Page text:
Assume that the hoop positions have been marked on the lawn by say bisques (sticks). The aim is to get the hoops vertical, with the correct gape and aligned parallel to the lawn's North and South boundaries. If the ground is very hard and dry it can make it significantly easier to make the pilot holes if you soak the ground where each hoop will be inserted with a couple of buckets of water over an hour or so.
If you have string for marking out it is best to string it across the lawn where you want the hoops. The hoops can then be introduced to the turf parallel to the string and hence at right angles to the boundary. The hoops are only used to make marks in the turf which are then excavated with a separate tool.
There are three basic tools which can be used once the hoop carrot positions are marked to make the pilot holes.
Whichever device you use check it is vertical as you drive it in. Typically a 5lb lump hammer or sledge hammer is used. These hammers are never used on the hoops themselves. (Well almost never - if because of circumstance you have to use one on a hoop place a wooden plank on top of the hoop and hit that.) If necessary walk around the dibber etc. when you hit it so as to get a better idea of whether it is vertical. You want to produce holes which are slightly smaller than they finally need to be so that the hoop will be gripped when it is inserted, hence there is no need to drive it in too deeply.
Once the initial pilot holes have been made introduce the hoop into the hole and knock it about half the way in. Test its width with a ball - if it is OK continue to drive it in until the tops of the carrots protrude about 1/2" above the ground. There is no need to make the hoop deeper at this stage as the ball cannot reach the carrots. As the season progresses and the hoops are re-seated they will be driven deeper in. If the hoop is the wrong gape or tilts use the techniques described below for adjusting it.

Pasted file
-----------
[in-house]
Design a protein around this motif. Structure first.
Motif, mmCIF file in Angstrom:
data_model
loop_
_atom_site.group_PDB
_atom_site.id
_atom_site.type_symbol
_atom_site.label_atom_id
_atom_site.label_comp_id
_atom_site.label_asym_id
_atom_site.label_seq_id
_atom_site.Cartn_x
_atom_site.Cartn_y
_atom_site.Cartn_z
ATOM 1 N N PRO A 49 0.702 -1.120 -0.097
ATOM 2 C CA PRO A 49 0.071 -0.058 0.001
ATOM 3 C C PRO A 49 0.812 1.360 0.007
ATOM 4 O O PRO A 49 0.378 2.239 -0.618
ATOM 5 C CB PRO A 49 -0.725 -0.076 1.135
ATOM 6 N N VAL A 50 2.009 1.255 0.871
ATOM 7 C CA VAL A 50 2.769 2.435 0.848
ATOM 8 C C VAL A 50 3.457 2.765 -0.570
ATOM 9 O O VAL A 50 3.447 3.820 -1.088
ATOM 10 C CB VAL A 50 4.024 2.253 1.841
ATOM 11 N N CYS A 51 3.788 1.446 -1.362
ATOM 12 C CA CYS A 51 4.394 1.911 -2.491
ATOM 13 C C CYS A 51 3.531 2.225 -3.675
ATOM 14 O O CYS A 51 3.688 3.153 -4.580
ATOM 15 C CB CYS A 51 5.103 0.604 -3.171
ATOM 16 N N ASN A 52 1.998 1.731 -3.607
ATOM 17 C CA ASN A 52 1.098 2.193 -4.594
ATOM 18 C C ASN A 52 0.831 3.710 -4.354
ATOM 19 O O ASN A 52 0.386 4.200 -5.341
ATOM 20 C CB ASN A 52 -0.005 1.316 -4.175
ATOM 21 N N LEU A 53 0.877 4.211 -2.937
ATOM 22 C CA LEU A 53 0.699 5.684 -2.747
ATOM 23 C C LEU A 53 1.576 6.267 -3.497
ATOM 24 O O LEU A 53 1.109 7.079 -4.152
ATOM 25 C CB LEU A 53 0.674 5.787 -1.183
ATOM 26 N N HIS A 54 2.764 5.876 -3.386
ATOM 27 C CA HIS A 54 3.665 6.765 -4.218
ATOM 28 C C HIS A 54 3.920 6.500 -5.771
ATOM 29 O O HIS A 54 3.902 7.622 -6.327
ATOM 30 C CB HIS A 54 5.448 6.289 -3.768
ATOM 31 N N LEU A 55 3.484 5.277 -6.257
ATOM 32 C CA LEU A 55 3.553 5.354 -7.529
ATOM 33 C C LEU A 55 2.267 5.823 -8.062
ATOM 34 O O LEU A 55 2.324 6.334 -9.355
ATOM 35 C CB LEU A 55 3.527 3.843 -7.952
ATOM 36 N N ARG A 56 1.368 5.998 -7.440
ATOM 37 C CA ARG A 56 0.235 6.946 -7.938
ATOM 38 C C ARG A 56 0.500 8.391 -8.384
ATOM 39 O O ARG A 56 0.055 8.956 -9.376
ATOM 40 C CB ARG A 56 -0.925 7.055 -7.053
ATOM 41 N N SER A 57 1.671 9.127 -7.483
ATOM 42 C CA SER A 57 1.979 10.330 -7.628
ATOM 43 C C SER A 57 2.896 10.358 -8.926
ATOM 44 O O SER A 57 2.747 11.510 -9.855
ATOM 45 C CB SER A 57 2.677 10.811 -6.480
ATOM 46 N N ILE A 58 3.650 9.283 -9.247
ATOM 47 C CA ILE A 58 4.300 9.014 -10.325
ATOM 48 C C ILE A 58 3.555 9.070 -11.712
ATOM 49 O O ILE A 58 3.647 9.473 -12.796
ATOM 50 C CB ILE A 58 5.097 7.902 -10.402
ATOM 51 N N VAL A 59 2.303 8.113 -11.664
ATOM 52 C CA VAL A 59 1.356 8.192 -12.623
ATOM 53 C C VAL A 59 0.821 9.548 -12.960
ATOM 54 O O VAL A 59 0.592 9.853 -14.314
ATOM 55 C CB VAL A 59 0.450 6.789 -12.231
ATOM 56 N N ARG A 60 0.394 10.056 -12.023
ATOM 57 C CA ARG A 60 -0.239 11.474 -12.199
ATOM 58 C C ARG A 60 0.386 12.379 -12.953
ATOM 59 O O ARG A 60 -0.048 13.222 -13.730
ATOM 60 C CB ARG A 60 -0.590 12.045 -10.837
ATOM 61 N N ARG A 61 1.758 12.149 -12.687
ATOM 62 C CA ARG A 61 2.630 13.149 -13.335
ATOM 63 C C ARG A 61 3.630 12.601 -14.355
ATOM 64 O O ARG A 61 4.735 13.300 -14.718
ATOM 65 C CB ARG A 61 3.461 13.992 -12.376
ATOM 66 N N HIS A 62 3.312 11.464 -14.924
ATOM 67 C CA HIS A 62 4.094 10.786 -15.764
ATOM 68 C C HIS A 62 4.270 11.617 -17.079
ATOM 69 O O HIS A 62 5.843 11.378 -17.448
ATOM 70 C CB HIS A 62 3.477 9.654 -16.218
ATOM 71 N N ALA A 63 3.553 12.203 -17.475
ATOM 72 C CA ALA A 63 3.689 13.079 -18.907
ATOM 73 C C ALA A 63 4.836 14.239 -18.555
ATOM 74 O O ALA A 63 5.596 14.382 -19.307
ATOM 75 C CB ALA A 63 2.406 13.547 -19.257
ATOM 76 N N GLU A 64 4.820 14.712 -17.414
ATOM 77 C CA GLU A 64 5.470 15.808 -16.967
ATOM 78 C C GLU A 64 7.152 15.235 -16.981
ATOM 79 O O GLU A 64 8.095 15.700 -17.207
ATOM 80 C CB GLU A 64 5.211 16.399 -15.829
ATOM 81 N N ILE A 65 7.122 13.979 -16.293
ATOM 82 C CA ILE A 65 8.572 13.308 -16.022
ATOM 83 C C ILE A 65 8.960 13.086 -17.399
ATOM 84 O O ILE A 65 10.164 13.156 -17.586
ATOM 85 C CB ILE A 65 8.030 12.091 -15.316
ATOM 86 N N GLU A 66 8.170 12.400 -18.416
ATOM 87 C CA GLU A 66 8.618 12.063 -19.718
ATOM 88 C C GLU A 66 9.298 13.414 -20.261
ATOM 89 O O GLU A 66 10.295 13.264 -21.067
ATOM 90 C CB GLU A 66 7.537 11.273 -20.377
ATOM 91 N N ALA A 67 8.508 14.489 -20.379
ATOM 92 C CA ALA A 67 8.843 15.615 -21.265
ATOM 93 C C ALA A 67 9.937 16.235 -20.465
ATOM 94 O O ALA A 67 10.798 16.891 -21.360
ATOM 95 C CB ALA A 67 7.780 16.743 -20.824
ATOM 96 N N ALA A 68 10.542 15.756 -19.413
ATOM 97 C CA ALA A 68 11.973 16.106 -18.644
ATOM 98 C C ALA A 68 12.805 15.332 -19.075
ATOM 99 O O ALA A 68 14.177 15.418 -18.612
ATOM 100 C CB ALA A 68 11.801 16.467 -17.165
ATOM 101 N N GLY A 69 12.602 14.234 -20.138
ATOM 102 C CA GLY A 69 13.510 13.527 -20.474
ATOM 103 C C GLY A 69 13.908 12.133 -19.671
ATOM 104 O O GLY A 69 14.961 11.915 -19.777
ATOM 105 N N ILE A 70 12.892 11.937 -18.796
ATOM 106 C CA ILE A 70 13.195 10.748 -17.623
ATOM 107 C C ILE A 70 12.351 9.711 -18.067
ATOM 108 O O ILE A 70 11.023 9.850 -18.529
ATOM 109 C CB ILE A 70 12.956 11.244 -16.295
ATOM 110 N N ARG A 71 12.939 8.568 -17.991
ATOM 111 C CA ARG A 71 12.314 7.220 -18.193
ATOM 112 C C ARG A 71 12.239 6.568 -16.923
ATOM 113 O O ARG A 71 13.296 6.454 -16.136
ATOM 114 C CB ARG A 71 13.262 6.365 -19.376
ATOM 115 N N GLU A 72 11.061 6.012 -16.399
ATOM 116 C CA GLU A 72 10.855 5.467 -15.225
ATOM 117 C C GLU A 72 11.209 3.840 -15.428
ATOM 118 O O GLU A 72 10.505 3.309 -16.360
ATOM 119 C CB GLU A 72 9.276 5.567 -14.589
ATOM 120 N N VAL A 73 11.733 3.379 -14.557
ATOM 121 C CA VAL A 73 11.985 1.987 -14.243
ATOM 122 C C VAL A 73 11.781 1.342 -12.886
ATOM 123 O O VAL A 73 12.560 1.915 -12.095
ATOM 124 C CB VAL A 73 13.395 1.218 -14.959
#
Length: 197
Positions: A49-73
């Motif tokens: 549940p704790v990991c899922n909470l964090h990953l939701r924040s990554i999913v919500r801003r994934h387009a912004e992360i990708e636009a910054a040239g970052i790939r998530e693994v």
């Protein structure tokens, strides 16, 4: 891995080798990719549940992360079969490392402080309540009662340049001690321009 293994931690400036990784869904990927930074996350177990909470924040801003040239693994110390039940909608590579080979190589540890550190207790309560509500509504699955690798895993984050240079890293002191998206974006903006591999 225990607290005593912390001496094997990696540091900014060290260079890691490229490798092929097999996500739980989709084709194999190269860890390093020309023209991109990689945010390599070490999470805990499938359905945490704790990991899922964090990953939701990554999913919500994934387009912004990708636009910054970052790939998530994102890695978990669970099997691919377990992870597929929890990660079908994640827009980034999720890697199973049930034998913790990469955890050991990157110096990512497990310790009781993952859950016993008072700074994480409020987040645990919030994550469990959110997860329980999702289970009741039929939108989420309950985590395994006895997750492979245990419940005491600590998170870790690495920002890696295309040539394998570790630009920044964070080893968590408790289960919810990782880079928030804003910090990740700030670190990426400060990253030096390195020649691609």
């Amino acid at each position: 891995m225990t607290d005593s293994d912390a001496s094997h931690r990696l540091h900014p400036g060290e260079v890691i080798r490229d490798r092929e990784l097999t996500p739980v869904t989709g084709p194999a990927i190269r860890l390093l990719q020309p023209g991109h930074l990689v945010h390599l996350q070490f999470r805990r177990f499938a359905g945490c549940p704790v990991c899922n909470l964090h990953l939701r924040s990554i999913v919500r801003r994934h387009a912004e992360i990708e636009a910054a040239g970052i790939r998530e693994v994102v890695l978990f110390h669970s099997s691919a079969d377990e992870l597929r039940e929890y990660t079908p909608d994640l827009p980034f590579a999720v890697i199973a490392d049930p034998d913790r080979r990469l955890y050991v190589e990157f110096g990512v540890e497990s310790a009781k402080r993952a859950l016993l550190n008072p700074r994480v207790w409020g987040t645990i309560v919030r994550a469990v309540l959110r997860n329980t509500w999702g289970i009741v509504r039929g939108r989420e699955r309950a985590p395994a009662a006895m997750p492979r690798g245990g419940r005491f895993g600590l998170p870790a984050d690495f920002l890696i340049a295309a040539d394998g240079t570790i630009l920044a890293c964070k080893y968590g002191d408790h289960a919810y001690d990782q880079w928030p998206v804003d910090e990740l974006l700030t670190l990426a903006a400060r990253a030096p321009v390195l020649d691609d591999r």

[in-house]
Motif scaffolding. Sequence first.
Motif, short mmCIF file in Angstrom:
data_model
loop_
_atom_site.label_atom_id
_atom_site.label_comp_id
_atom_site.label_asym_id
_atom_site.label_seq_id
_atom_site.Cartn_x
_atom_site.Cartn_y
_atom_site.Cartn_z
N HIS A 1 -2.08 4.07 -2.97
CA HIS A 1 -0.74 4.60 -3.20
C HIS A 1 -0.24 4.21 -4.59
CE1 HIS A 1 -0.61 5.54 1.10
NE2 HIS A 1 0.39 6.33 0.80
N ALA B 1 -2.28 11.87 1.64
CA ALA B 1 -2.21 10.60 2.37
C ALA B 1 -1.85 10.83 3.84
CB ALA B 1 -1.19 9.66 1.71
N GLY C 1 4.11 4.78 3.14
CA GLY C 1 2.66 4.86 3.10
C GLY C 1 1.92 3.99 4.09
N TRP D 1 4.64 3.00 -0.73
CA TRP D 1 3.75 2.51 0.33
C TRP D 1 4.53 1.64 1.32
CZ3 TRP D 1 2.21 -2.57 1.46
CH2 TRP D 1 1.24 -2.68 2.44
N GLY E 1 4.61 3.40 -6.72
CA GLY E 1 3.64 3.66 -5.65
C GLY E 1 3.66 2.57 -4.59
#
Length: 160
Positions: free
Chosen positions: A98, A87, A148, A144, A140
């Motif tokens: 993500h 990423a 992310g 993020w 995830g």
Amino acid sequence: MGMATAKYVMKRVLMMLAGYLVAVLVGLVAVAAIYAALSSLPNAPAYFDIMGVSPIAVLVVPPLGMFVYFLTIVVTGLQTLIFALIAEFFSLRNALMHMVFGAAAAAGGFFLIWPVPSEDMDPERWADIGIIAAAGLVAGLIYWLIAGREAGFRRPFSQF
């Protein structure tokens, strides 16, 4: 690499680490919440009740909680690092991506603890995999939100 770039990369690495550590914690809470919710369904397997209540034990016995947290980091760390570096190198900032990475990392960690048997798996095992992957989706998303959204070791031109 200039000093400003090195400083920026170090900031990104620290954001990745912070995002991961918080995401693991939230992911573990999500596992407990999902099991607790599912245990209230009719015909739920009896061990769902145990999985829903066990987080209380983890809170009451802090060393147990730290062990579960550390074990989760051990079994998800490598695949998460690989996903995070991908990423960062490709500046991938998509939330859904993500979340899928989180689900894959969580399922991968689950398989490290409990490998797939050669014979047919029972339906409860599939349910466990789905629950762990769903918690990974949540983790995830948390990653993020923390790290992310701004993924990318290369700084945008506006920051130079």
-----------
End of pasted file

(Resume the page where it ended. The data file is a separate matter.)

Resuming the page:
The device shown opposite is manufactured in America for using with welded hoops. The intention is that the hoop gape is fixed whilst the hoop is knocked into the ground. This is being sold in the UK by the Croquet Association. I would not recommend its use in fresh ground without pilot holes for the carrots.
For competitions and tournaments the gape of hoops is defined by the organising body. The methods for adjusting the gape of cast metal hoops is given in this section. Apart from the correct gape, hoops should be vertical and square to the edges of the court. For adjusting the gape of a hoop to a precise setting two simple tools are needed:
The first idea to absorb is that it is the spacing of the holes in the ground which sets the width of a hoop. If you take a wide hoop out of the box and knock it into closely spaced holes in the turf then the hoop will end up narrow. Consequently it is pointless (and hazardous to the hoop) to use chest expander manoevers on it. The art is to tweak the holes.
Use a spike (described above) to move the soil in the base of the carrot holes to change the width or angle of a hoop. For example: if a hoop is too narrow, scrape soil from the outside of the bottom of the carrot holes to the inside (see figures a and b).